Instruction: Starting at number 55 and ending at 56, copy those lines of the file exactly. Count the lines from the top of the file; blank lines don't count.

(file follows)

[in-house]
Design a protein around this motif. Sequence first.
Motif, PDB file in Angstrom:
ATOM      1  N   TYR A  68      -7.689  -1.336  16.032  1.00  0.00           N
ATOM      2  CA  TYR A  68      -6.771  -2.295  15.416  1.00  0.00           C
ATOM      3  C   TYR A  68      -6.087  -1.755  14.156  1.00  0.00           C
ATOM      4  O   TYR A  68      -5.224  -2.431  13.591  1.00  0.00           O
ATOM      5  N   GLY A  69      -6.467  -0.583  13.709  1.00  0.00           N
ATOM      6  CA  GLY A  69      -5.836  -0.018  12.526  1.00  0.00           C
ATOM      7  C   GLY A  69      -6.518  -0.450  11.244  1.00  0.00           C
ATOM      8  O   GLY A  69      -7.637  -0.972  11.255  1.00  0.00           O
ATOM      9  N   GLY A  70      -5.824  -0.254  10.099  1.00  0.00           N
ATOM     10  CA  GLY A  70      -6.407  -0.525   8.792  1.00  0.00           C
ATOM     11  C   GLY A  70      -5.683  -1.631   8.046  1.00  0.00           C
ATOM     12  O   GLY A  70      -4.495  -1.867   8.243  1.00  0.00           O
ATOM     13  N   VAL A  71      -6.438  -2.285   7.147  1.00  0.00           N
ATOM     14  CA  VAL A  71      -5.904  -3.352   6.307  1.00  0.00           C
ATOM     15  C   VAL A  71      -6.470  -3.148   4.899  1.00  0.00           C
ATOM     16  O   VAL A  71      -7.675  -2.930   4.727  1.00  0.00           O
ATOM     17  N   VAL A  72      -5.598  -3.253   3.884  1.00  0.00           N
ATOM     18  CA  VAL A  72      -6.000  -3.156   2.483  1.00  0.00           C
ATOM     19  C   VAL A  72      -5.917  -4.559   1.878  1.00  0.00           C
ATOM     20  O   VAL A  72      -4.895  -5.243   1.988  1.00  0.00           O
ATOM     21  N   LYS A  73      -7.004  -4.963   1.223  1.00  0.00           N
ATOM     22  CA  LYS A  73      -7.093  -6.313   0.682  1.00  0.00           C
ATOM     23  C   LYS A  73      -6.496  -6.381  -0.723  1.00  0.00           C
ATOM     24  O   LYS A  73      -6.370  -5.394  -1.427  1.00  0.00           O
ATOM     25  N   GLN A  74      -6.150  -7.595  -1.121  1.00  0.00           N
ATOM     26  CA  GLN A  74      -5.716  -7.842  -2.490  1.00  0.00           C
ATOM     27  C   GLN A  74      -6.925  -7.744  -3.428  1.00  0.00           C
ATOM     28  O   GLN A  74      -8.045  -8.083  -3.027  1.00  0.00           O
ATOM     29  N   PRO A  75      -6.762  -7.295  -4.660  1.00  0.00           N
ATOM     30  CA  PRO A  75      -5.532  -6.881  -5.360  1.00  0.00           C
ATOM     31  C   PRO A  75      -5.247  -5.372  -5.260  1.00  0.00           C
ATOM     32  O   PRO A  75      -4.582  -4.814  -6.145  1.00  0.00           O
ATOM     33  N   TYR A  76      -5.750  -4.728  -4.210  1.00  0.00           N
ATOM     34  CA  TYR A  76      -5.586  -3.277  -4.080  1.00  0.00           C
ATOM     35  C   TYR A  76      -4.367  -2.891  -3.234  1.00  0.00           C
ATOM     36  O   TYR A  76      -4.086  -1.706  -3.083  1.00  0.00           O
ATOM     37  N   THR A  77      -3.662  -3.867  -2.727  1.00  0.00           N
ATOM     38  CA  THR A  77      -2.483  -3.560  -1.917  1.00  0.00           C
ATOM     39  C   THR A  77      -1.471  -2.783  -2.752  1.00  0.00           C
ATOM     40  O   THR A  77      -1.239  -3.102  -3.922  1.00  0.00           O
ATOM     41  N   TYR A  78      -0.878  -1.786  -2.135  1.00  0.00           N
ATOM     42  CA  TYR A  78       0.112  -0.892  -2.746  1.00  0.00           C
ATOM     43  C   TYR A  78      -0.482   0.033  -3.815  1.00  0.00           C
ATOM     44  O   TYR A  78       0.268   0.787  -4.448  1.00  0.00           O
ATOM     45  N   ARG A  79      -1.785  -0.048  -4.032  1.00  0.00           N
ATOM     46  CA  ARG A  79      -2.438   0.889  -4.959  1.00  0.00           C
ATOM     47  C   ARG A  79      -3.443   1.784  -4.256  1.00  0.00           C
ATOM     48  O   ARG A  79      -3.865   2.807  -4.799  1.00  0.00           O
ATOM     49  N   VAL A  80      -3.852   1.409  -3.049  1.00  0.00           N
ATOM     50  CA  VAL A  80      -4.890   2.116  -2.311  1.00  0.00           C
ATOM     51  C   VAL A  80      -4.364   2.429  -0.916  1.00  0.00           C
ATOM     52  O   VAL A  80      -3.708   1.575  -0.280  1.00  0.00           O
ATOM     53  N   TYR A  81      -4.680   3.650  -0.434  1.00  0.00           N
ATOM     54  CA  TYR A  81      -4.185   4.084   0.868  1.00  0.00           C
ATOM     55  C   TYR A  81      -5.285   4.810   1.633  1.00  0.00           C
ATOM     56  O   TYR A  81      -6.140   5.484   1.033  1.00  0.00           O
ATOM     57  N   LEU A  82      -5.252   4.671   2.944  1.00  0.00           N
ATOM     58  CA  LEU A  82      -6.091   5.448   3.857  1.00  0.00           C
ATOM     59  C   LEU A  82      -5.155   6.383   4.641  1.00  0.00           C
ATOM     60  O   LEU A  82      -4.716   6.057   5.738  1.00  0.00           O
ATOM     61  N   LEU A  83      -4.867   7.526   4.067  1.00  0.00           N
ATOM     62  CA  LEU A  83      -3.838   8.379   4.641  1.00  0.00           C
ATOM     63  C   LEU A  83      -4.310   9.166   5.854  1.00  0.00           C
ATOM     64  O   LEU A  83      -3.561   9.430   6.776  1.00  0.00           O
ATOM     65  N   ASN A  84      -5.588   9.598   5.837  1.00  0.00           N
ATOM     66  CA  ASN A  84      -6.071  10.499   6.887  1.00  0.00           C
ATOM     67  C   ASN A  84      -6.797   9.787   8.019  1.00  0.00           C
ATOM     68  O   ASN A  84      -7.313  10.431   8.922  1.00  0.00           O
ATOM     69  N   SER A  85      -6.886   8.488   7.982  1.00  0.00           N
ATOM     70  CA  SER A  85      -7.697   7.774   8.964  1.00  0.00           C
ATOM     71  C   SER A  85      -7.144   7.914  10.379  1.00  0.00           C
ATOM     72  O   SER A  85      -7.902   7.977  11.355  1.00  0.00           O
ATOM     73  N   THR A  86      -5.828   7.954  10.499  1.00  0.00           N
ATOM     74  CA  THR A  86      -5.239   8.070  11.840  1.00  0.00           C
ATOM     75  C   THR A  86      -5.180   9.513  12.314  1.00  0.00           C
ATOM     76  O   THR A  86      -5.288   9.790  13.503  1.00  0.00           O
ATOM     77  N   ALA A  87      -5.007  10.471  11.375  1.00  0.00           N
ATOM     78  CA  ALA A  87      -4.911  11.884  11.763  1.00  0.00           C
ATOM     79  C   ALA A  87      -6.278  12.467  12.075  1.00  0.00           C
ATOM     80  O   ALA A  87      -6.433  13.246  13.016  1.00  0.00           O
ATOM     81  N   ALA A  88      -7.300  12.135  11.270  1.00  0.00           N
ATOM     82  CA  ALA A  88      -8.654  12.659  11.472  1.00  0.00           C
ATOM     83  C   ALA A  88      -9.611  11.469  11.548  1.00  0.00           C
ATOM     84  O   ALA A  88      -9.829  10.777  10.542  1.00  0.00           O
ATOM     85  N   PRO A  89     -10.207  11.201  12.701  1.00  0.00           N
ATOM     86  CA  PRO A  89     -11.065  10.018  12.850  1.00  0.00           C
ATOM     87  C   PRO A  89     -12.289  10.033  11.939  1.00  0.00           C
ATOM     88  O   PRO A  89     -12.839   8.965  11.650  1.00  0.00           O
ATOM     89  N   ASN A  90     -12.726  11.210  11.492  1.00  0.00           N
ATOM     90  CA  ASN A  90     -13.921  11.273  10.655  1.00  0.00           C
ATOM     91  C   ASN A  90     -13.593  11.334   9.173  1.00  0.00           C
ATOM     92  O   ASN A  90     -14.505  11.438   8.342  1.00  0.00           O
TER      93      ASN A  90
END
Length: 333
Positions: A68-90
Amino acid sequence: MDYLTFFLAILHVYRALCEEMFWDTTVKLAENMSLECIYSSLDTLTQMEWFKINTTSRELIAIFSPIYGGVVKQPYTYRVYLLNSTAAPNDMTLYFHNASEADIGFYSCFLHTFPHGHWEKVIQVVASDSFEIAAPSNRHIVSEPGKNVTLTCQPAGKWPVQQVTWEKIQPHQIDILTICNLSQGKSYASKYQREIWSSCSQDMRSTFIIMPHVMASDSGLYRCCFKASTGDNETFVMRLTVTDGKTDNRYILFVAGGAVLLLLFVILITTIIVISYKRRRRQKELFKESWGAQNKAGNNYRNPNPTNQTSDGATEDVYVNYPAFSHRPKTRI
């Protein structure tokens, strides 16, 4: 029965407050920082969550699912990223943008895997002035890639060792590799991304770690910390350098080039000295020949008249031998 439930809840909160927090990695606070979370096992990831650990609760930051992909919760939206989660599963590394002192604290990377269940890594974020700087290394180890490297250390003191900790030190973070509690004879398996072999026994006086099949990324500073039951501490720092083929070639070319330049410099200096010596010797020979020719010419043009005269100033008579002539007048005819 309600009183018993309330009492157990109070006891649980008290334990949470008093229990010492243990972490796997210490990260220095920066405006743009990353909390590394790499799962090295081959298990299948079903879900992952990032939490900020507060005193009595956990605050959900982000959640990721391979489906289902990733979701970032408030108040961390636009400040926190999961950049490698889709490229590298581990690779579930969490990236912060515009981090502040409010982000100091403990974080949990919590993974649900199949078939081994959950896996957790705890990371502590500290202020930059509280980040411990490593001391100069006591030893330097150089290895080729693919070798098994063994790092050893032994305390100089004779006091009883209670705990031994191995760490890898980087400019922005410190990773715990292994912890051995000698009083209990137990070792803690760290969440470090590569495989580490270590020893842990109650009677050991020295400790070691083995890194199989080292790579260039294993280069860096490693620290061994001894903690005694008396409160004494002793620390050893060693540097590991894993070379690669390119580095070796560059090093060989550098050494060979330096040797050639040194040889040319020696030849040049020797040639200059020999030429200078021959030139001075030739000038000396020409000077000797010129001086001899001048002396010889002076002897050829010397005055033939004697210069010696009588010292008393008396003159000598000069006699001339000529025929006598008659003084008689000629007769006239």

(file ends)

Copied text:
ATOM     52  O   VAL A  80      -3.708   1.575  -0.280  1.00  0.00           O
ATOM     53  N   TYR A  81      -4.680   3.650  -0.434  1.00  0.00           N